We say we are the gateway to Africa, right? Wouldn’t it be nice for people to visit Ghana for their honey moons and vacations just as they go to Kenya, South Africa, Tanzania and the likes? Ghanaians who hitherto would have gone to South Africa for their honey moon and vacations might just stay back home and visit our tourist sites. Are Kenya and South Africa not in Africa? Are they not Africans? Why should they be different? Why are such places the preferred destination and not Ghana? I think it is because they have local patronage and institutional support. The importance the locals attach to these sites make them talk about them to the rest of the world.

I must however, state that there is nothing wrong with taking a vacation and travelling out of the country and among other things visit a few historic sites, but there is everything wrong with a culture where we run-down what we have and take our baggage, travel only to have the same or similar satisfaction elsewhere at the expense of our economy.

Sadly in Ghana, people are eager to visit the biggest shopping malls in West Africa; the latest hotels and restaurants and just once in a while they choose a tourist destination and let me guess, if not the Kakum National Park, then it is the Cape Coast Castle. Because we fail to patronize such places, no funds are generated to maintain and preserve the sites as well as create employment for natives.

And why do citizens fail to visit such places? Is it because they do not know about their existence or the road networks to the sites deter people because they are poor? Do we even have a list of all tourist sites in Ghana to allow tourists and other visitors to easily locate and choose which sites they want to visit? Where is the ‘one-stop-shop,’ visitors can go to get access to all the information they need about places in Ghana?

This is where I turn to the authorities!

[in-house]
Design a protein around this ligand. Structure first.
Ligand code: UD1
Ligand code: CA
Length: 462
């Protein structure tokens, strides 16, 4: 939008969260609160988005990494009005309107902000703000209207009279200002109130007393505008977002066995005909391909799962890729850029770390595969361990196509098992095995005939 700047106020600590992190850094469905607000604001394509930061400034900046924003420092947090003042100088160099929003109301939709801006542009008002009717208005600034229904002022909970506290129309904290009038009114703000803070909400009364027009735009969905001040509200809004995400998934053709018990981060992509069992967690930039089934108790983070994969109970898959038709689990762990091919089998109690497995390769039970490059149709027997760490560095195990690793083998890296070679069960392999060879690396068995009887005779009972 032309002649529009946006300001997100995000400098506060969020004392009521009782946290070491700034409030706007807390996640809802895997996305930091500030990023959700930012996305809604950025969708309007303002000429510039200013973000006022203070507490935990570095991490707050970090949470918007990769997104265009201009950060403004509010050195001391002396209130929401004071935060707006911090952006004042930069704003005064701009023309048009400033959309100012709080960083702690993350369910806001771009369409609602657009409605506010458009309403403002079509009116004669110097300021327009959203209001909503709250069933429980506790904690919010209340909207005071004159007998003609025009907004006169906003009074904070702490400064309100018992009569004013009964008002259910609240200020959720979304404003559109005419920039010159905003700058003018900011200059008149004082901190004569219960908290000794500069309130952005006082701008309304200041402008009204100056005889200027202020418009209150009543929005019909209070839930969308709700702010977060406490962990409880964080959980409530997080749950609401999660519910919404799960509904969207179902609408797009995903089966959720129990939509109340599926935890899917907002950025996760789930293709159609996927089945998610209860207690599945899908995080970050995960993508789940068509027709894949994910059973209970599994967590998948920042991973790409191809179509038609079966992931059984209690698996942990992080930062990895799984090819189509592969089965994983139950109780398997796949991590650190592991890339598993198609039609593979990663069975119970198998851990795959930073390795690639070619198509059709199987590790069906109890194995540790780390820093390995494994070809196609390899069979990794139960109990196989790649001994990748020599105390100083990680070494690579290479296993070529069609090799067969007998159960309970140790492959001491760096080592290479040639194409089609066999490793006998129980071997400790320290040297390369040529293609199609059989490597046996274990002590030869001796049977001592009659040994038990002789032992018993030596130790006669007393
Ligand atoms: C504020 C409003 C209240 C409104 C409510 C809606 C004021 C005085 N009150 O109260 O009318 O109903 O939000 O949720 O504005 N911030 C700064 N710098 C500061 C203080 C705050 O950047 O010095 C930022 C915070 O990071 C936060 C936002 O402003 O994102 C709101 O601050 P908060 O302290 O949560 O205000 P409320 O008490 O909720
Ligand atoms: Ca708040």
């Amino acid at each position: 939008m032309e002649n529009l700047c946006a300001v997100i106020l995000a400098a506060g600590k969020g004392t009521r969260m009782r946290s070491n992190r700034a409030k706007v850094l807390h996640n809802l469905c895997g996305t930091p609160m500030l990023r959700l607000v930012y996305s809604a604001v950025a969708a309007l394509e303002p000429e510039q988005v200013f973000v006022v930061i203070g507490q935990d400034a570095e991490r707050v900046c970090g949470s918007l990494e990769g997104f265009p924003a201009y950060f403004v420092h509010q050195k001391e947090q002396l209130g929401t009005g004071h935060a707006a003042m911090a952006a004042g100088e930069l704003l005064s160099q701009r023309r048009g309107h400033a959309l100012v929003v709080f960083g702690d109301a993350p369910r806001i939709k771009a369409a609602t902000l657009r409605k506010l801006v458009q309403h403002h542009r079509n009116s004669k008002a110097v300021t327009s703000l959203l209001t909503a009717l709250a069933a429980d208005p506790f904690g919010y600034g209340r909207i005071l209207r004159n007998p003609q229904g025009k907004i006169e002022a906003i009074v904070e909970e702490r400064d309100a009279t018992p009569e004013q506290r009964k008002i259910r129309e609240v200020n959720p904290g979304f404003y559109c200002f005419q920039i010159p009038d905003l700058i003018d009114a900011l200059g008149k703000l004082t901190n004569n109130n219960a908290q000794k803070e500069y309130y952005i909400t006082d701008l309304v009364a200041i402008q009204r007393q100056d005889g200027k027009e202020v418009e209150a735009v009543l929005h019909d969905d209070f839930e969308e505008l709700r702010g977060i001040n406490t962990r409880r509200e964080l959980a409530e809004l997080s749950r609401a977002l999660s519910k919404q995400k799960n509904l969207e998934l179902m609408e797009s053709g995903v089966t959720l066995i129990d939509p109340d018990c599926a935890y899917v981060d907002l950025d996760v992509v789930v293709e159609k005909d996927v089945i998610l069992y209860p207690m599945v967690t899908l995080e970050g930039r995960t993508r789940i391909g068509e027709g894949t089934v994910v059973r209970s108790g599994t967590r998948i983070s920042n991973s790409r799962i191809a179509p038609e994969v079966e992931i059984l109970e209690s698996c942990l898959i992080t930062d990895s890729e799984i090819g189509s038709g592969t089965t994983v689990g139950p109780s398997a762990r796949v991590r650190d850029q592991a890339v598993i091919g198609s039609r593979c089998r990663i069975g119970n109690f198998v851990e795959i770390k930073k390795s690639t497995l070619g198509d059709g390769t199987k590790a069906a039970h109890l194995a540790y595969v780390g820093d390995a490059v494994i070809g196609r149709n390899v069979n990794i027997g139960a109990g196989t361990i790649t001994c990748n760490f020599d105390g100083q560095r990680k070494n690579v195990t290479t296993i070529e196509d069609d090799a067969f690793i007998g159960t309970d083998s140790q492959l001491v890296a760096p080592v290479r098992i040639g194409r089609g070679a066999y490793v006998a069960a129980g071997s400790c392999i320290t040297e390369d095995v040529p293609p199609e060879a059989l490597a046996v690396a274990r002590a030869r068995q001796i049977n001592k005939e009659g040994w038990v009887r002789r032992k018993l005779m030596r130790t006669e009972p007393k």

What are the bodies mandated to promote Ghana; Tourism Authority, the sector Ministry and Brand Ghana, doing to put things in place for easy identification and patronage of such sites? Do they even go round to check how the existing tourist sites are being maintained and managed? Or we want a white man to come and do that for us as well?

What will it cost the nation to pump in a few thousands of cedis to rehabilitate the roads, train tourist guides, solicit the help of the private sector to put up restaurants and hotels in communities with tourist sites so that patronage will be increased? We watch other countries on international media advertising and promoting tourism and driving the world to their countries. It cost money, but the returns are bigger.

Even the traditional sites of castles we have, how well have we promoted them to the world? Obama was in Ghana, he visited the Cape Coast Castle. What an endorsement! Can’t we package anything with this endorsement and strategically throw it out to the world? Patronage of these sites have been low in recent years because the annual PANAFEST celebrations have paused. We need a strategy to whip up interest in those areas of the economy. This strategy must heavily involve the private sector so it doesn’t become a central government burden. Central government, nonetheless will have to lead the way and provide access.

If we fail to act, many generations after us will not even know these sites exist and the exodus to go for recreation elsewhere will continue when we could do same in Ghana and call the rest of the world here. Citizens and authorities both have roles to play to make our country the tourist destination it deserves to be by virtue of nature’s blessings and history’s conferment.